A few weeks ago, I found an old physics book on a colleague’s “miscellaneous” shelf: *University of Chicago Graduate Problems in Physics,* by Cronin, Greenberg and Telegdi (Addison-Wesley, 1967). It looked like fun, so I started working through some of it.

Physics problems age irregularly. Topics fall out of vogue as the frontier of knowledge moves on, and sometimes, the cultural milieu of the time when the problem was written pokes through. Take the first problem in the “statistical physics” chapter. It begins, “A young man, who lives at location $A$ of the city street plan shown in the figure, walks daily to the home of his fiancee…”

No, no, no, that just won’t do any more. Let us set up the problem properly:

**Asami** is meeting **Korra** for lunch downtown. Korra is $E$ blocks east and $N$ blocks north of Asami, on the rectangular street grid of downtown Republic City. Because Asami is eager to meet Korra, her path never doubles back. That is, each move Asami takes must bring her closer to Korra on the street grid. How many different routes can Asami take to meet Korra?

Solution below the fold.

Asami must traverse a total of $E + N$ block edges. At each intersection, she must choose whether to move east or to move north, unless she is on the same street as Korra, at which point she keeps going in a straight line along that street. Her path can be represented as a string of *n*s and *e*s, of total length $E + N$ characters. The question is how many different ways such a string can be written. That is, given a total of $E + N$ slots, how many ways can we pick a subset of $E$ of them to fill with *e*s?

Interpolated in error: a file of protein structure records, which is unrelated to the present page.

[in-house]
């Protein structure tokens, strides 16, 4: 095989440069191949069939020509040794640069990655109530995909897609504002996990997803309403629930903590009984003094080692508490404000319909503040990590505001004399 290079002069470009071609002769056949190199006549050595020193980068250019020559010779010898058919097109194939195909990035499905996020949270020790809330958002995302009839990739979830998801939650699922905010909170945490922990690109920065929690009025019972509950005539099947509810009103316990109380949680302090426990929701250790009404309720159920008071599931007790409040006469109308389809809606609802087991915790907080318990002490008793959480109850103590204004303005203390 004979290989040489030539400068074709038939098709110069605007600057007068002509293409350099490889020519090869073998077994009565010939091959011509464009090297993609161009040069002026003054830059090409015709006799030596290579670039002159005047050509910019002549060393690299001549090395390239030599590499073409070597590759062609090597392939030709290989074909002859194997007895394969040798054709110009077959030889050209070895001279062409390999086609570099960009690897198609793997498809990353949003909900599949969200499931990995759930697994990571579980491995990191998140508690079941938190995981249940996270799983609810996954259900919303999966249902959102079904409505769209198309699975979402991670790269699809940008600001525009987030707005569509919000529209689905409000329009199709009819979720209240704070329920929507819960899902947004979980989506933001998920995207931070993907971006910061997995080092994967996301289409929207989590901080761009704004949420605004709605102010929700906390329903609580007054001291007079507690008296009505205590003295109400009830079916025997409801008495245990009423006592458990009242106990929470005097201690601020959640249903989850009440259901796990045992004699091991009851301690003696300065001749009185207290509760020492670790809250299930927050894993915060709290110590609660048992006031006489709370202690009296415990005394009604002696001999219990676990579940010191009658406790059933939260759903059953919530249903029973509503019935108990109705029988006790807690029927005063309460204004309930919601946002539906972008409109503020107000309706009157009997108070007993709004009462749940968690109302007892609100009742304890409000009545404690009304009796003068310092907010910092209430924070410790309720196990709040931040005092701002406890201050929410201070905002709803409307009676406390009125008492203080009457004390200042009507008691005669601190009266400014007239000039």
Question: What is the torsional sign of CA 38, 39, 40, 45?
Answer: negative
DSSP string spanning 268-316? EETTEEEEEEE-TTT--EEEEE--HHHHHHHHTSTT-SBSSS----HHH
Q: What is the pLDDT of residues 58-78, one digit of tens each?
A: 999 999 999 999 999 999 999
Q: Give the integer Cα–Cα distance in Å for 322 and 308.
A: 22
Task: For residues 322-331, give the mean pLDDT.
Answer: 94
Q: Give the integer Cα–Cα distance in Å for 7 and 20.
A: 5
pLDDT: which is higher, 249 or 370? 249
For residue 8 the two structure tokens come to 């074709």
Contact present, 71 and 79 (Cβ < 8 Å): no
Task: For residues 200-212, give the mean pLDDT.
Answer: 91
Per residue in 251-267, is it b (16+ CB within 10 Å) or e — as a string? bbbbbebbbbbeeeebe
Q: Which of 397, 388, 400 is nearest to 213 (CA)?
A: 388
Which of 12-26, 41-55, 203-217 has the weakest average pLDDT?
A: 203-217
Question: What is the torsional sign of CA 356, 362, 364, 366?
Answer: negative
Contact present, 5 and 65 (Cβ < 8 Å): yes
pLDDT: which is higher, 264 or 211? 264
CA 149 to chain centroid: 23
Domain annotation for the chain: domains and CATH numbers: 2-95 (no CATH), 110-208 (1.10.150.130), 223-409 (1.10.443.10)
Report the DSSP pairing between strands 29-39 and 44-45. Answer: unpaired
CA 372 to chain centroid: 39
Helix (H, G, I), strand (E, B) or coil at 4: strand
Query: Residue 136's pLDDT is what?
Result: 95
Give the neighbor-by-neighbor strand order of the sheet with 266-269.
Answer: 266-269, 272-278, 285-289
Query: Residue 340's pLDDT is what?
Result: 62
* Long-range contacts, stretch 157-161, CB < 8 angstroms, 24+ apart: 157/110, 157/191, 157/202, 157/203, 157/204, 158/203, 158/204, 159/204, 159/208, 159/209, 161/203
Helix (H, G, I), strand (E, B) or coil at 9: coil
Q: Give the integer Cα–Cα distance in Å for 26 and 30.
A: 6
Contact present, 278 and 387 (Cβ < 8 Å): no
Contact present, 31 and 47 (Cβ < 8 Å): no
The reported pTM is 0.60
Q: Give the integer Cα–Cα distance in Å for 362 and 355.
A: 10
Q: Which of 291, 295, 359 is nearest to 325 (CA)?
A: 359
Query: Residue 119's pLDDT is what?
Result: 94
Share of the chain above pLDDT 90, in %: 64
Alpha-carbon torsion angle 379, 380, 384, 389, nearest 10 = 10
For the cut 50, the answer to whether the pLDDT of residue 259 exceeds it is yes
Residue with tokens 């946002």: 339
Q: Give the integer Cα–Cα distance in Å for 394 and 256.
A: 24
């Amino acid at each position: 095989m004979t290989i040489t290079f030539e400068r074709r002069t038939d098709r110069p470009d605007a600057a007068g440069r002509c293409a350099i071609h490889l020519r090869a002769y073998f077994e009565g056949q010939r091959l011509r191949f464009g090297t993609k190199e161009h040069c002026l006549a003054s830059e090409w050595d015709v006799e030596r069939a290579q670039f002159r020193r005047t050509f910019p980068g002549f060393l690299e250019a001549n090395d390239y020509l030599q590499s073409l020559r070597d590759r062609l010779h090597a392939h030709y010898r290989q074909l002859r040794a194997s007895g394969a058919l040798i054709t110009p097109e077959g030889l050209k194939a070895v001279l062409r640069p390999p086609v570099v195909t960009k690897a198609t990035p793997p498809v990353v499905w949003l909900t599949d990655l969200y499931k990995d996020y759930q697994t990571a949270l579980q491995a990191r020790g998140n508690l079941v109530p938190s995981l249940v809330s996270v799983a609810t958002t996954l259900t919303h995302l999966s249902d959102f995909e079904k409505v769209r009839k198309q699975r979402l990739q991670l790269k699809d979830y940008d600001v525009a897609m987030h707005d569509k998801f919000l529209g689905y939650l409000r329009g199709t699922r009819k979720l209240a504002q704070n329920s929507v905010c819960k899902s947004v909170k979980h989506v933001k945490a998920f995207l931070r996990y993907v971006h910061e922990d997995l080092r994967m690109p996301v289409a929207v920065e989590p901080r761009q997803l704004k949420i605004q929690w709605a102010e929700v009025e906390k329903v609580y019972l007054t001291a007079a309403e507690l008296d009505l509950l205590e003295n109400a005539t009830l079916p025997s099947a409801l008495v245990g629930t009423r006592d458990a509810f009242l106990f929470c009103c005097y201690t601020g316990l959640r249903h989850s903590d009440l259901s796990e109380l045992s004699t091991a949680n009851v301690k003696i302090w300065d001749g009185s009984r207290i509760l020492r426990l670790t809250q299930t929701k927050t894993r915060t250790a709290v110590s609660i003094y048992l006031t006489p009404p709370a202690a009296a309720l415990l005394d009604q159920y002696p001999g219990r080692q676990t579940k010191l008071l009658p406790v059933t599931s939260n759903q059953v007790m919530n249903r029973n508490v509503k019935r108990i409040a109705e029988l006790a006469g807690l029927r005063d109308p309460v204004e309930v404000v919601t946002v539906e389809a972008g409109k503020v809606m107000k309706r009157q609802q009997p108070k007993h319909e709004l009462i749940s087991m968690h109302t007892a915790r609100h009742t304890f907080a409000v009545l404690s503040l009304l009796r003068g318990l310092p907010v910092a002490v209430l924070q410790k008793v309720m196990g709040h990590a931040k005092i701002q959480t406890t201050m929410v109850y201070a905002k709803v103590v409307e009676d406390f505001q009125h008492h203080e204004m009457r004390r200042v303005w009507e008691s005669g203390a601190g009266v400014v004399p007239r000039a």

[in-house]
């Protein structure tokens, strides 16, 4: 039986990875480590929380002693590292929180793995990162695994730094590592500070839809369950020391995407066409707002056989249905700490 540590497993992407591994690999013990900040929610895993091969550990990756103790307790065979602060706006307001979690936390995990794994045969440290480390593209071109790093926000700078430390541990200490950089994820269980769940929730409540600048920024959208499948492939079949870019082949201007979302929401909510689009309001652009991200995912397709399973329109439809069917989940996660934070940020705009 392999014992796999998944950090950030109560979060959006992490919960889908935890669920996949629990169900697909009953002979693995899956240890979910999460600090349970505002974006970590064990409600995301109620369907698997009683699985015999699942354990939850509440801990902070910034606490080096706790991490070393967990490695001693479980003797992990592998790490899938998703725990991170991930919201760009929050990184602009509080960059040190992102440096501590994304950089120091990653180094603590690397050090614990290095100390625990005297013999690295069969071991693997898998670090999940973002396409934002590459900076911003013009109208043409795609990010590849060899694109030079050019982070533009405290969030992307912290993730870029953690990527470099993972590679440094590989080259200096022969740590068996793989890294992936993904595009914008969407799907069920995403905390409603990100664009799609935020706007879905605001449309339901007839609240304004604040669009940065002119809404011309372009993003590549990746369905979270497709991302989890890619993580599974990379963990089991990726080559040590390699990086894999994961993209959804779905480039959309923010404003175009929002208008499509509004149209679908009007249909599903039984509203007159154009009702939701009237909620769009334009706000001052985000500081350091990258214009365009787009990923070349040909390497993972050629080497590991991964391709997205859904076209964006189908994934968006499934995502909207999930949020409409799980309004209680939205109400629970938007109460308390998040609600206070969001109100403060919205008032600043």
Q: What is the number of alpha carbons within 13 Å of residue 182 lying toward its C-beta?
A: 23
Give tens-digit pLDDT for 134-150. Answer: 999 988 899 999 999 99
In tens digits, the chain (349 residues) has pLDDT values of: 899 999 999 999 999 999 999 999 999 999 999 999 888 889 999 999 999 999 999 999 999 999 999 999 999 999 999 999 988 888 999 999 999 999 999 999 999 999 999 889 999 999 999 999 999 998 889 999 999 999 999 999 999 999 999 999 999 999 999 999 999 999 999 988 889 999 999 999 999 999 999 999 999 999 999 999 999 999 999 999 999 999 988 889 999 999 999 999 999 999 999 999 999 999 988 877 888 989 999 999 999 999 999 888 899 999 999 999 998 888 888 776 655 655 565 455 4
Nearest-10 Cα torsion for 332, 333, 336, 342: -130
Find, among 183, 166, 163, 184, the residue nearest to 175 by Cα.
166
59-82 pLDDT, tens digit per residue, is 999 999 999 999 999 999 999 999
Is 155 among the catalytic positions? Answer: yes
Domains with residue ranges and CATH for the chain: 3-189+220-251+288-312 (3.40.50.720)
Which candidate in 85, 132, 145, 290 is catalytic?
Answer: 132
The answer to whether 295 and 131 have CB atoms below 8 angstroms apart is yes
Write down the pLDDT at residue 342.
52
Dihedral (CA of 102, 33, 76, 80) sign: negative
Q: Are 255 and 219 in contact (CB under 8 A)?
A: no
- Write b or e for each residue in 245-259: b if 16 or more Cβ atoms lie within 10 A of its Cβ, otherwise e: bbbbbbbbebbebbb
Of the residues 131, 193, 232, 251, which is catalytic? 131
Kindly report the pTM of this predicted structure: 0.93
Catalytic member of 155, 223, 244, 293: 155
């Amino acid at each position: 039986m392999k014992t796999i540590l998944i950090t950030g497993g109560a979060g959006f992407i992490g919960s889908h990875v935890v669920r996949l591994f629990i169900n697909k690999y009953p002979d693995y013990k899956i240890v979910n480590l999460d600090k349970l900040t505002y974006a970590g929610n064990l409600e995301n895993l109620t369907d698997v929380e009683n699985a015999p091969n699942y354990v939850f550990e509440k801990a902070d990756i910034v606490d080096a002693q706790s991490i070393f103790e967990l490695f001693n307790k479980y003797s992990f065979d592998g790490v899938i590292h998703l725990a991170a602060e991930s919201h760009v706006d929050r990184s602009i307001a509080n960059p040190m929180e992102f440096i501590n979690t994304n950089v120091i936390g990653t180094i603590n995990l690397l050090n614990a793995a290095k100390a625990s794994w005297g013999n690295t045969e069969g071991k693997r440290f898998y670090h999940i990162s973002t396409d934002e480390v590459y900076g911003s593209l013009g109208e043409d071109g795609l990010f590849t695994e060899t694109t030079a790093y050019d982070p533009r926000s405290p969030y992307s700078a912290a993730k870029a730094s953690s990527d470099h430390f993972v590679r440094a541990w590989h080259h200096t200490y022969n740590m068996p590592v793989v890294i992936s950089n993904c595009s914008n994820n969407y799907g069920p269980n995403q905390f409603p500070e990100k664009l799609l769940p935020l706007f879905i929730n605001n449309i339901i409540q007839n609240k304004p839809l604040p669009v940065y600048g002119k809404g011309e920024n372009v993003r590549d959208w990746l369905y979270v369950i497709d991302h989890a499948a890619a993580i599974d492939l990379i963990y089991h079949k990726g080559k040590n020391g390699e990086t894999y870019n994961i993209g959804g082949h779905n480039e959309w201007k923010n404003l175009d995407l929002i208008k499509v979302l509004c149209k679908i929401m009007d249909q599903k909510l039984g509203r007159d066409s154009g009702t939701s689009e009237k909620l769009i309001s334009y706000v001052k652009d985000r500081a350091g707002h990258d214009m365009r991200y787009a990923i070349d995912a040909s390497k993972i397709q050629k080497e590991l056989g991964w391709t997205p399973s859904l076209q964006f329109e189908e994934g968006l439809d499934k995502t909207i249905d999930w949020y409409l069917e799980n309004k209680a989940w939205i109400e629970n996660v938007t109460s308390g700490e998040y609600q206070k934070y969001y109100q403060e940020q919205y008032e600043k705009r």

Phrasing the problem this way, we see that it’s a job for *binomial coefficients.* The number of ways to pick $K$ things out of a set of $M$ items is

$$ \binom{M}{K} = \frac{M!}{K!(M-K)!}. $$

This is one of the more enthusiastic formulas that one encounters in everyday mathematics. The factorial $M!$ of a positive integer $M$ is the product of $M$ with $M – 1$ and $M – 2$ and so on, down to 1:

$$ M! = M(M-1) \cdots 1. $$

If we ever find ourselves needing to take the factorial of 0, we use the special rule that $0! = 1$. The factorial operation counts the number of ways to arrange $M$ items in a line. The special rule $0! = 1$ amounts to saying that if we have *no* items, there’s only one possible way to order them, *i.e.,* do nothing, because it’s all we can do!

Here, we need the number of ways to pick $E$ items out of a set of size $E + N$, which is

$$ \binom{E+N}{E} = \frac{(E+N)!}{E!\,N!}. $$

Note that we would have gotten the same answer if we decided to pick $N$ items out of $E + N$.

This is what the problem asked us to find, so we’ll repeat it and put it in a box:

$$ \boxed{\binom{E+N}{E} = \frac{(E+N)!}{E!\,N!}.} $$

It’s good practice to check the “limiting cases” of a solution. If we derive a complicated formula which applies across a wide swath of scenarios, and if we have an answer we trust for a special case, then we should check that our complicated calculation gives the right answer for that special case. Here, we know that if Korra and Asami start off on the same street, there’s only one path which meets the “never doubling back” criterion. In such a situation, either $N = 0$ or $E = 0$. Let’s plug that into our boxed equation:

$$ \frac{(E+0)!}{E! \cdot 0!} = \frac{E!}{E! \cdot 1} = 1. $$

Simple enough!

Likewise, if the initial configuration has Korra one block north and one block east of Asami, then it’s pretty plain that Asami has two possible paths that she can take: she can go north-and-then-east, or she can travel east-and-then-north. Here, $E = N = 1$, and our formula says

$$ \frac{(E+N)!}{E!\,N!} = \frac{2!}{1!\, 1!} = 2. $$

The figure in the Chicago book gives for specific numbers $E = 3$ and $N = 4$. Plugging these in, we find

$$ \frac{(E+N)!}{E!\,N!} = \frac{7!}{3!\, 4!} = \frac{7\cdot6\cdot5\cdot4\cdot3\cdot2}{3\cdot2\cdot4\cdot3\cdot2}

= 7 \cdot 5 = 35. $$